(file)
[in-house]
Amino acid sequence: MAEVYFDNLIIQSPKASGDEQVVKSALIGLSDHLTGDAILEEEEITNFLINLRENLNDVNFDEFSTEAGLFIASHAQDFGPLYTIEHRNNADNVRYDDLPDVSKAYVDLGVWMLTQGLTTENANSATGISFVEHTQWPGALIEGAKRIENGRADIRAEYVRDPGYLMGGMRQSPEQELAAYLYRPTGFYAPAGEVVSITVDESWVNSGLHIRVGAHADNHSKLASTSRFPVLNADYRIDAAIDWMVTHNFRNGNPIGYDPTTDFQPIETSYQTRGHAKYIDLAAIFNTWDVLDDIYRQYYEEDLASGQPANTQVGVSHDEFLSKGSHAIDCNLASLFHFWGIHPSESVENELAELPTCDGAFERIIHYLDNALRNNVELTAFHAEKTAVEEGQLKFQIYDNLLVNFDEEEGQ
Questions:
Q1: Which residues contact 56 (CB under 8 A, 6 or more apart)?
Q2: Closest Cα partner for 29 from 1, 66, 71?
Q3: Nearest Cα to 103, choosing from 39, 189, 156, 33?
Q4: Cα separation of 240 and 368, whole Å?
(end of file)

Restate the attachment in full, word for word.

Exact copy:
[in-house]
Amino acid sequence: MAEVYFDNLIIQSPKASGDEQVVKSALIGLSDHLTGDAILEEEEITNFLINLRENLNDVNFDEFSTEAGLFIASHAQDFGPLYTIEHRNNADNVRYDDLPDVSKAYVDLGVWMLTQGLTTENANSATGISFVEHTQWPGALIEGAKRIENGRADIRAEYVRDPGYLMGGMRQSPEQELAAYLYRPTGFYAPAGEVVSITVDESWVNSGLHIRVGAHADNHSKLASTSRFPVLNADYRIDAAIDWMVTHNFRNGNPIGYDPTTDFQPIETSYQTRGHAKYIDLAAIFNTWDVLDDIYRQYYEEDLASGQPANTQVGVSHDEFLSKGSHAIDCNLASLFHFWGIHPSESVENELAELPTCDGAFERIIHYLDNALRNNVELTAFHAEKTAVEEGQLKFQIYDNLLVNFDEEEGQ
Questions:
Q1: Which residues contact 56 (CB under 8 A, 6 or more apart)?
Q2: Closest Cα partner for 29 from 1, 66, 71?
Q3: Nearest Cα to 103, choosing from 39, 189, 156, 33?
Q4: Cα separation of 240 and 368, whole Å?